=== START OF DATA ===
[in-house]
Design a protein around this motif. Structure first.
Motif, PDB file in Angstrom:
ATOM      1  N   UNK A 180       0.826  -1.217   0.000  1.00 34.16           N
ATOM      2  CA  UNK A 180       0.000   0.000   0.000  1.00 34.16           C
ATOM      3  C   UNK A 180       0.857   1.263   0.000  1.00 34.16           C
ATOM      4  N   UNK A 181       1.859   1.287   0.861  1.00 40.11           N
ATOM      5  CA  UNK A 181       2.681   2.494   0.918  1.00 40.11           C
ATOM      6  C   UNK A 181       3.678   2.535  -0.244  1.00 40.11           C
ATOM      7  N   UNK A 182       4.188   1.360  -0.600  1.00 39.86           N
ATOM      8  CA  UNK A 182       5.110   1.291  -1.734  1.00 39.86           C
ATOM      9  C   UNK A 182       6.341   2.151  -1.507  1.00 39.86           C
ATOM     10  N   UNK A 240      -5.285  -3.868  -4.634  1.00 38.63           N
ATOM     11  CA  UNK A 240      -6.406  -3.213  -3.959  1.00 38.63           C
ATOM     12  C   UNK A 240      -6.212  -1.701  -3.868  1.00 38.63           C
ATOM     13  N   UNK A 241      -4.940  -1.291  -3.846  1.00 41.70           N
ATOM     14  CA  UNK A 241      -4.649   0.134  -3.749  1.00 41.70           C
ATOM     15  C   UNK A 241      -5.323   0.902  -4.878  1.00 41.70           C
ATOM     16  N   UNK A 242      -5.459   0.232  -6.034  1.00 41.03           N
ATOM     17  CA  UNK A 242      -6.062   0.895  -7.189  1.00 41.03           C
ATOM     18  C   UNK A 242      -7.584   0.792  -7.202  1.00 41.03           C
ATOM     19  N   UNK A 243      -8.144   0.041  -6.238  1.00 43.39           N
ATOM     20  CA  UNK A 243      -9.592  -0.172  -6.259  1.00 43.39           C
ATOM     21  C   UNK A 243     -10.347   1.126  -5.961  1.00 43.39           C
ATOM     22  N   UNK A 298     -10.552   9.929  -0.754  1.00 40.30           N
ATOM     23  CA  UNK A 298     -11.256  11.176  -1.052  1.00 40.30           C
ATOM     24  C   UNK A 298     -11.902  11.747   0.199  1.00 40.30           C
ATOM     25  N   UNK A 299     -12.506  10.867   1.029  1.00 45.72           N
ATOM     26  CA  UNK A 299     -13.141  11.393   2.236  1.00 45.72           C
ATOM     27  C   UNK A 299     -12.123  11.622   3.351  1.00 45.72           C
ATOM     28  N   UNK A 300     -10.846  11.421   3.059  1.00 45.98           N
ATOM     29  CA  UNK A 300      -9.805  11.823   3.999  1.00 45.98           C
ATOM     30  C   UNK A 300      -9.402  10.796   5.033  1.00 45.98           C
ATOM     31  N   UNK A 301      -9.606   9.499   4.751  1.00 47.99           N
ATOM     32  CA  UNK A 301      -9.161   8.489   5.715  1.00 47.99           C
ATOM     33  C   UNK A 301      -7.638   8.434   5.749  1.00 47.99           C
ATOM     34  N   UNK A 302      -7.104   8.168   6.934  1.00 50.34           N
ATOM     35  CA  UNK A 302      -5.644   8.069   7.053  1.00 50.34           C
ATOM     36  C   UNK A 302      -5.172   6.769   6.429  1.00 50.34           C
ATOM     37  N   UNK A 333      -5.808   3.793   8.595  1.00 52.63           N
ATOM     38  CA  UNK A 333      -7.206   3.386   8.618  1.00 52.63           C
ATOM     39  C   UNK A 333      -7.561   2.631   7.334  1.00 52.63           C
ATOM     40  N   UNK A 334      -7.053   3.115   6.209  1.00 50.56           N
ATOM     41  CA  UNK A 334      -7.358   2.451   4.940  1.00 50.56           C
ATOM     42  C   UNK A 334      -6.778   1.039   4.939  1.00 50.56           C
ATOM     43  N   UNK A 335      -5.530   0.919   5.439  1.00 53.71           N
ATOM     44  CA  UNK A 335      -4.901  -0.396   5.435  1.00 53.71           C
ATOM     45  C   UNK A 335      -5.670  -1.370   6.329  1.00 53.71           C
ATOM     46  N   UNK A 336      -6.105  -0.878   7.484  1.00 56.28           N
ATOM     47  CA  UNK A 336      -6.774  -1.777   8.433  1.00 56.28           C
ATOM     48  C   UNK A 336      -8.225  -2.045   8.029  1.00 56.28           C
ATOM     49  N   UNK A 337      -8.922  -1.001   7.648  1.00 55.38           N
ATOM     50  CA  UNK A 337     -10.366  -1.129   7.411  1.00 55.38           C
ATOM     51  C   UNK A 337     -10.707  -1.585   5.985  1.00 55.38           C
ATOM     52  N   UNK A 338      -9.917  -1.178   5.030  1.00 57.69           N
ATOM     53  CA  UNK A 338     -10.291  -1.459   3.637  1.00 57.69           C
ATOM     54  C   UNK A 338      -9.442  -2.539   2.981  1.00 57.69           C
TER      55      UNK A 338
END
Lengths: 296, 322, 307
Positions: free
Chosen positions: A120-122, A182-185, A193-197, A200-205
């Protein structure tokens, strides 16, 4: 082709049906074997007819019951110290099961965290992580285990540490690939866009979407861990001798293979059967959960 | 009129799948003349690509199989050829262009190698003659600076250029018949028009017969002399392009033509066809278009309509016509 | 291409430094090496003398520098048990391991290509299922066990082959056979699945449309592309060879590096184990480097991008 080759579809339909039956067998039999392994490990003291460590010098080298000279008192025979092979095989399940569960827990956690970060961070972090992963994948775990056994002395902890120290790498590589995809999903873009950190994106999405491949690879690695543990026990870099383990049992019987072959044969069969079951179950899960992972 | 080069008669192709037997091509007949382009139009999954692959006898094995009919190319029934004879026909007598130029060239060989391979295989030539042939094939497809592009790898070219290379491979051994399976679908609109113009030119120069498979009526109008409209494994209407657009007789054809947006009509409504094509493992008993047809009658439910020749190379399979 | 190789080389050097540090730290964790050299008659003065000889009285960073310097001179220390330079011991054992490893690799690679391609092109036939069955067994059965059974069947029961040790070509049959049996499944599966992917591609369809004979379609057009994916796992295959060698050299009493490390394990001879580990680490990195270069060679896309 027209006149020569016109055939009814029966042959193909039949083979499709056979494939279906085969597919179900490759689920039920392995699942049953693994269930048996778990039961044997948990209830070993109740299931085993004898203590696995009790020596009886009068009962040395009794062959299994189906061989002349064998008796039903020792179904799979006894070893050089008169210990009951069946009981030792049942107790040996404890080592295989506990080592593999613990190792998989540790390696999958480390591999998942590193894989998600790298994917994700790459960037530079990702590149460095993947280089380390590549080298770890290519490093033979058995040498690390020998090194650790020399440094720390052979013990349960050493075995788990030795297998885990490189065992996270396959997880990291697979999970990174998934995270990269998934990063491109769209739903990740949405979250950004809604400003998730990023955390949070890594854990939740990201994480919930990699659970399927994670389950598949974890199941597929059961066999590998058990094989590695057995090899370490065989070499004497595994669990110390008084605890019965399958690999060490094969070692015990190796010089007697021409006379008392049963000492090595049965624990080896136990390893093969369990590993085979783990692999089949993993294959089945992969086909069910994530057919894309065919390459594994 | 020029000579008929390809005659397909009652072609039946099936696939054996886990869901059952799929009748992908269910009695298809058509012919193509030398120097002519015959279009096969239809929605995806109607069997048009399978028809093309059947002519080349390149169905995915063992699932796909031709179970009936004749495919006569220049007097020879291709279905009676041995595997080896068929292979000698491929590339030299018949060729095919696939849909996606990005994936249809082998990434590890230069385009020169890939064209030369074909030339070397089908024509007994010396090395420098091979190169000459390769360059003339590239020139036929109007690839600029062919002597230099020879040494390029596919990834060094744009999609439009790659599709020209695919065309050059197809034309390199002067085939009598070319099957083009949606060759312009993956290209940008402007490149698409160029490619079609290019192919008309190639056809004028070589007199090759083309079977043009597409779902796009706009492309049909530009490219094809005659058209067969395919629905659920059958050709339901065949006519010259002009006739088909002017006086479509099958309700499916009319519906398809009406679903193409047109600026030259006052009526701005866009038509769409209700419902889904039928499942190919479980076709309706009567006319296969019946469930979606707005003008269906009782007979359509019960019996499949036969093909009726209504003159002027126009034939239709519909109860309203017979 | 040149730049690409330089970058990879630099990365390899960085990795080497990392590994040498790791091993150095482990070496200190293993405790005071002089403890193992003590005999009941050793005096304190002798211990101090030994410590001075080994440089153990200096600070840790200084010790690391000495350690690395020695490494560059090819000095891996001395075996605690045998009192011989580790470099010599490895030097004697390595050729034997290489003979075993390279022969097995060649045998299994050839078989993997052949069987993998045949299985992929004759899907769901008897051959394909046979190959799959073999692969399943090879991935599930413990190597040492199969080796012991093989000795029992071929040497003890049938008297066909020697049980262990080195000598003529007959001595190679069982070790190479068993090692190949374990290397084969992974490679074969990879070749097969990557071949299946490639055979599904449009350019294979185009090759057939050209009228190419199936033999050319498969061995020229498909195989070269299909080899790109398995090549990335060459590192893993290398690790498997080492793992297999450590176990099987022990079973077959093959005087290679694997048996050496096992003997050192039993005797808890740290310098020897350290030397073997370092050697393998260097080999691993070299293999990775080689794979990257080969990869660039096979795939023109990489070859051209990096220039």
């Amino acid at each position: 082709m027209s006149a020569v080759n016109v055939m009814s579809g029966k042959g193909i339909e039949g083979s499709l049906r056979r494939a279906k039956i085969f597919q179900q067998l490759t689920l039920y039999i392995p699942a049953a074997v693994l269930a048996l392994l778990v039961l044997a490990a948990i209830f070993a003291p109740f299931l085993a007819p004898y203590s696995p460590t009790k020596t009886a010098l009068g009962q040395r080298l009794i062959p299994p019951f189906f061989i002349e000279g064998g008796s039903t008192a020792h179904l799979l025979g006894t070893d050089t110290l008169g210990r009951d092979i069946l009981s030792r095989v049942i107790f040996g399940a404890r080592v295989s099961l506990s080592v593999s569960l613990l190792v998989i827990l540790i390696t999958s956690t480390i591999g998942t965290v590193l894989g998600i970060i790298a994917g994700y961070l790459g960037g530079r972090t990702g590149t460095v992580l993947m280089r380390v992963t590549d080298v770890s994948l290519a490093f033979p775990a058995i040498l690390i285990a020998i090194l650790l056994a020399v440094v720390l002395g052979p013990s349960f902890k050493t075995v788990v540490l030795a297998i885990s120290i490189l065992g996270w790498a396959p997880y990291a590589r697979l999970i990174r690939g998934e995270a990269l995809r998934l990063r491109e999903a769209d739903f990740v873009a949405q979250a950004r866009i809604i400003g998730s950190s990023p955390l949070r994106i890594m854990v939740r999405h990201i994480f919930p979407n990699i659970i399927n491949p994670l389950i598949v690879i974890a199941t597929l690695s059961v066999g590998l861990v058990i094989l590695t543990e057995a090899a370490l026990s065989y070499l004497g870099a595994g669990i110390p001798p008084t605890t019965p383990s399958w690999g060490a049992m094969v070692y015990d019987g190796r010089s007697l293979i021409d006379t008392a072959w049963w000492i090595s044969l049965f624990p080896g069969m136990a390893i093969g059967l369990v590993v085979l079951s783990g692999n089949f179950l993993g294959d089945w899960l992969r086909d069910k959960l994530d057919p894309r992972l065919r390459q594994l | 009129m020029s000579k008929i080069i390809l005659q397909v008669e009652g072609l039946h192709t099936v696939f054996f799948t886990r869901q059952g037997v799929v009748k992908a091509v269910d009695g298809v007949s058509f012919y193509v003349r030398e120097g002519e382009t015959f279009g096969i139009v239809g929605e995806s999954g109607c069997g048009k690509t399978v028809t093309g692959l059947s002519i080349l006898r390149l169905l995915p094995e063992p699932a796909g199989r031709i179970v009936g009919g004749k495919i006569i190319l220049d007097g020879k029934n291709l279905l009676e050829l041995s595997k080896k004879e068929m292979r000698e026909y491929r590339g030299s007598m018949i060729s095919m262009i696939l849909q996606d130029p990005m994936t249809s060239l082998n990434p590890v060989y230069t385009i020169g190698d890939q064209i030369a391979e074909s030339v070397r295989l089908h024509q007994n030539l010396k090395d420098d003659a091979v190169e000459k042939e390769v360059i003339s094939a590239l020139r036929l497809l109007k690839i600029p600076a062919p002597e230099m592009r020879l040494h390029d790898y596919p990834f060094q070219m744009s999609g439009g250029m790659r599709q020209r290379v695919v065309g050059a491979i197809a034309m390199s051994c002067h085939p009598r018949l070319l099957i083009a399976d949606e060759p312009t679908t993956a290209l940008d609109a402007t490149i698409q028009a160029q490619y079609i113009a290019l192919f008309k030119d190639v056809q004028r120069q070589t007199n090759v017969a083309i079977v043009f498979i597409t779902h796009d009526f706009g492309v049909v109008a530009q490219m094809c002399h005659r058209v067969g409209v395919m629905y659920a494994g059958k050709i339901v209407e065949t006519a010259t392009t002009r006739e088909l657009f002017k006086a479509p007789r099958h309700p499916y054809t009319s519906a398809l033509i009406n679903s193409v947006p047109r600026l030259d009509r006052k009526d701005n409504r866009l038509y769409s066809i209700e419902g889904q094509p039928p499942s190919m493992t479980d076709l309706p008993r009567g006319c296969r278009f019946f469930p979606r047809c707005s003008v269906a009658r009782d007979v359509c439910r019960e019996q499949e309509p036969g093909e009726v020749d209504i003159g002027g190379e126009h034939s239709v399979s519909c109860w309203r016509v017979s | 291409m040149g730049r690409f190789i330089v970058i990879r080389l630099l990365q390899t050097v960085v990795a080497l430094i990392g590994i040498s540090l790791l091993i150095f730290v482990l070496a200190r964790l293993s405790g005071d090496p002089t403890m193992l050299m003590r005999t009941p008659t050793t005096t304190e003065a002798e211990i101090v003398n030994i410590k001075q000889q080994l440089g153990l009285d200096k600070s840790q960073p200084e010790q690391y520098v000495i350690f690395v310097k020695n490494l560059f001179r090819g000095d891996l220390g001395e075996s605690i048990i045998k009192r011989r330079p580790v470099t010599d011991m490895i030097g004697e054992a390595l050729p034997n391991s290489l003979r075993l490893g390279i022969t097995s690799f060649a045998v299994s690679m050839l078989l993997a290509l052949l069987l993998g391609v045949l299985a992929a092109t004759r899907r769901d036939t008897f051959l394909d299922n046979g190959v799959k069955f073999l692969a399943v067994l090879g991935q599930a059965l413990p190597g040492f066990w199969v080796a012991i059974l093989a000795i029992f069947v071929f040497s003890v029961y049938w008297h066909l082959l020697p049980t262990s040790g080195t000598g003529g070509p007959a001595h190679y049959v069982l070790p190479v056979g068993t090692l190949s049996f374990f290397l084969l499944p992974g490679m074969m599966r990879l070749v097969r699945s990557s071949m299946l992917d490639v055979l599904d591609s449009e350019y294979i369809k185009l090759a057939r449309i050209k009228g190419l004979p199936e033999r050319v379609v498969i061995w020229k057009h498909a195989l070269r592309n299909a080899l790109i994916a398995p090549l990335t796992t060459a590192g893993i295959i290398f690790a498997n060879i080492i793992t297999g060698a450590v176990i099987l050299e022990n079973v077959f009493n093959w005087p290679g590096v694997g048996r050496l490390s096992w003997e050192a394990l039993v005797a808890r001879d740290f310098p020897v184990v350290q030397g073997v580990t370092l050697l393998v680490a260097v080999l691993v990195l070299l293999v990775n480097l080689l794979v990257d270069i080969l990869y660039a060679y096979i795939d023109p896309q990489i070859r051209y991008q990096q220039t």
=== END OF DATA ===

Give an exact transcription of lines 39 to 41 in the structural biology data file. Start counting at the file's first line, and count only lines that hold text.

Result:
ATOM     36  C   UNK A 302      -5.172   6.769   6.429  1.00 50.34           C
ATOM     37  N   UNK A 333      -5.808   3.793   8.595  1.00 52.63           N
ATOM     38  CA  UNK A 333      -7.206   3.386   8.618  1.00 52.63           C